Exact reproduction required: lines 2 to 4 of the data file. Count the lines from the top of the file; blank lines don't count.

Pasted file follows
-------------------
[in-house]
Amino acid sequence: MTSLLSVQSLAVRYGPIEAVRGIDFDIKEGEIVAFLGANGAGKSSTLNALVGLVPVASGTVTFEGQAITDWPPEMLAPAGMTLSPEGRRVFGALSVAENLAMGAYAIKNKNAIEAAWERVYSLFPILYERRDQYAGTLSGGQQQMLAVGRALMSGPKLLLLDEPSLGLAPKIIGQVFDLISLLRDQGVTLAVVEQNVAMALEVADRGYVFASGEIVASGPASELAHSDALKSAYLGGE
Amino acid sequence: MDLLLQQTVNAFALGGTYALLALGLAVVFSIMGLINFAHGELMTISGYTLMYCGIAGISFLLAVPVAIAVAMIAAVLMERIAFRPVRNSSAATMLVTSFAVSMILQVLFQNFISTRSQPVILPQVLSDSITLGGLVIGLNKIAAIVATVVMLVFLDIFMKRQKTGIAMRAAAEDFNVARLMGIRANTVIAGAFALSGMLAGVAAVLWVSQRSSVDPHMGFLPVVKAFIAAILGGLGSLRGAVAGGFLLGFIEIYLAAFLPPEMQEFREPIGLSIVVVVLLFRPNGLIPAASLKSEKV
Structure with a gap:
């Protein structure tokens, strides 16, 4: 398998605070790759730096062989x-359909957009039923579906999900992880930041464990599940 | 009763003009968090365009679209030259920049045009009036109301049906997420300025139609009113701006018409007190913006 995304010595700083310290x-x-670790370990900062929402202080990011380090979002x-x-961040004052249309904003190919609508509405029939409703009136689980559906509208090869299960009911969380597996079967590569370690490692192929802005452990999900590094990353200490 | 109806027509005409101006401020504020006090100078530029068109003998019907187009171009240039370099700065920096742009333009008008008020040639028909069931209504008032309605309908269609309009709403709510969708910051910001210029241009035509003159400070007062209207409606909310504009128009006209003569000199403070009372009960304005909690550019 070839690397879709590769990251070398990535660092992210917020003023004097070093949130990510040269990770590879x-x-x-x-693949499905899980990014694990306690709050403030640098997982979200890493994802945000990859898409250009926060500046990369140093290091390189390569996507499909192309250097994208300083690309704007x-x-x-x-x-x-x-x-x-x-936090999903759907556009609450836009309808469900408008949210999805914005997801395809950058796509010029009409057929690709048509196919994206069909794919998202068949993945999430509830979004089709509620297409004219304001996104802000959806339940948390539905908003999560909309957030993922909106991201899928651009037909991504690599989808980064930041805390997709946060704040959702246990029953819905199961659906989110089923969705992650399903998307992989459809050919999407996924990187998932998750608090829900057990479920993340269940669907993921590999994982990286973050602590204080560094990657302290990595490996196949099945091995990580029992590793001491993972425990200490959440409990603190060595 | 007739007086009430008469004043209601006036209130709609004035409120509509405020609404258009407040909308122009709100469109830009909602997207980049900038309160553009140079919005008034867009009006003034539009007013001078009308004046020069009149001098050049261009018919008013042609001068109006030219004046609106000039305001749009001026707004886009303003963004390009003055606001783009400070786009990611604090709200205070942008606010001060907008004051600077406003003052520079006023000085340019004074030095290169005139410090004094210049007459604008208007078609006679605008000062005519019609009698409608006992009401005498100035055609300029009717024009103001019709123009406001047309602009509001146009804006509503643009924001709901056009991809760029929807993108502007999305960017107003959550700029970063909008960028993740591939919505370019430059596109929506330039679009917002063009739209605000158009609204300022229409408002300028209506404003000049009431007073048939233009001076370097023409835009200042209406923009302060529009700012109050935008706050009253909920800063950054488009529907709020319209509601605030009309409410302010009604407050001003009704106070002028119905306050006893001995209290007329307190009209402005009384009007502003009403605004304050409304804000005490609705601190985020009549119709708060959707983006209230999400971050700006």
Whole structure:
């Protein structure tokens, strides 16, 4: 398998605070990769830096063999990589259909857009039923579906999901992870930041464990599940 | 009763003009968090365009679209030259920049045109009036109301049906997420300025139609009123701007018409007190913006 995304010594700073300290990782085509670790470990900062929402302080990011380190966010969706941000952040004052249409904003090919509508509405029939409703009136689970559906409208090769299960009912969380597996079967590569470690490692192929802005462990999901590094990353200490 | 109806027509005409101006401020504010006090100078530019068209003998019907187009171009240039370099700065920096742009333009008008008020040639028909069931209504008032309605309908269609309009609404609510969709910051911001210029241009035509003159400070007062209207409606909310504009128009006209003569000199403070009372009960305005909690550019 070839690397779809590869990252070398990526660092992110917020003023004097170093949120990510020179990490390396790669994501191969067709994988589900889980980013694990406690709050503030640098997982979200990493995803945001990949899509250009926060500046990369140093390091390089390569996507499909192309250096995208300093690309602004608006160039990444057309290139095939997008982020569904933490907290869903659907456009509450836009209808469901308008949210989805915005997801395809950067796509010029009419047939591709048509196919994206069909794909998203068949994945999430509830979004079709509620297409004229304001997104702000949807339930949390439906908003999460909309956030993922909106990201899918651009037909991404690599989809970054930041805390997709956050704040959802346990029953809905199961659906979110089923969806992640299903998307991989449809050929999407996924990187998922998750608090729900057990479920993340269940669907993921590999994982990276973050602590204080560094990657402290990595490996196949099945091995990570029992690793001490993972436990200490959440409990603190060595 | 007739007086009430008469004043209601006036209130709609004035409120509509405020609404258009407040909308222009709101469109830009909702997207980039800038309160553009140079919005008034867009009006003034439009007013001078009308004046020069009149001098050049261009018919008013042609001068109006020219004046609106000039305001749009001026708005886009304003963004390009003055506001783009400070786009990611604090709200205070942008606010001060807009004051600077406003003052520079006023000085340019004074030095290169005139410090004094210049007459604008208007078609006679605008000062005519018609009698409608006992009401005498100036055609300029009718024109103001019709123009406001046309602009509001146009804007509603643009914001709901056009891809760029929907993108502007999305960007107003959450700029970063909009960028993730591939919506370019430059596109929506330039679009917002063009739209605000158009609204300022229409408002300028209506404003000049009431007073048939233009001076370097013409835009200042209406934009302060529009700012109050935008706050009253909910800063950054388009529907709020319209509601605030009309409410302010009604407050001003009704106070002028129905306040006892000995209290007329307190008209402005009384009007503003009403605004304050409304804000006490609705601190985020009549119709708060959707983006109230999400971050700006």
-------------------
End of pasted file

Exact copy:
Amino acid sequence: MTSLLSVQSLAVRYGPIEAVRGIDFDIKEGEIVAFLGANGAGKSSTLNALVGLVPVASGTVTFEGQAITDWPPEMLAPAGMTLSPEGRRVFGALSVAENLAMGAYAIKNKNAIEAAWERVYSLFPILYERRDQYAGTLSGGQQQMLAVGRALMSGPKLLLLDEPSLGLAPKIIGQVFDLISLLRDQGVTLAVVEQNVAMALEVADRGYVFASGEIVASGPASELAHSDALKSAYLGGE
Amino acid sequence: MDLLLQQTVNAFALGGTYALLALGLAVVFSIMGLINFAHGELMTISGYTLMYCGIAGISFLLAVPVAIAVAMIAAVLMERIAFRPVRNSSAATMLVTSFAVSMILQVLFQNFISTRSQPVILPQVLSDSITLGGLVIGLNKIAAIVATVVMLVFLDIFMKRQKTGIAMRAAAEDFNVARLMGIRANTVIAGAFALSGMLAGVAAVLWVSQRSSVDPHMGFLPVVKAFIAAILGGLGSLRGAVAGGFLLGFIEIYLAAFLPPEMQEFREPIGLSIVVVVLLFRPNGLIPAASLKSEKV
Structure with a gap: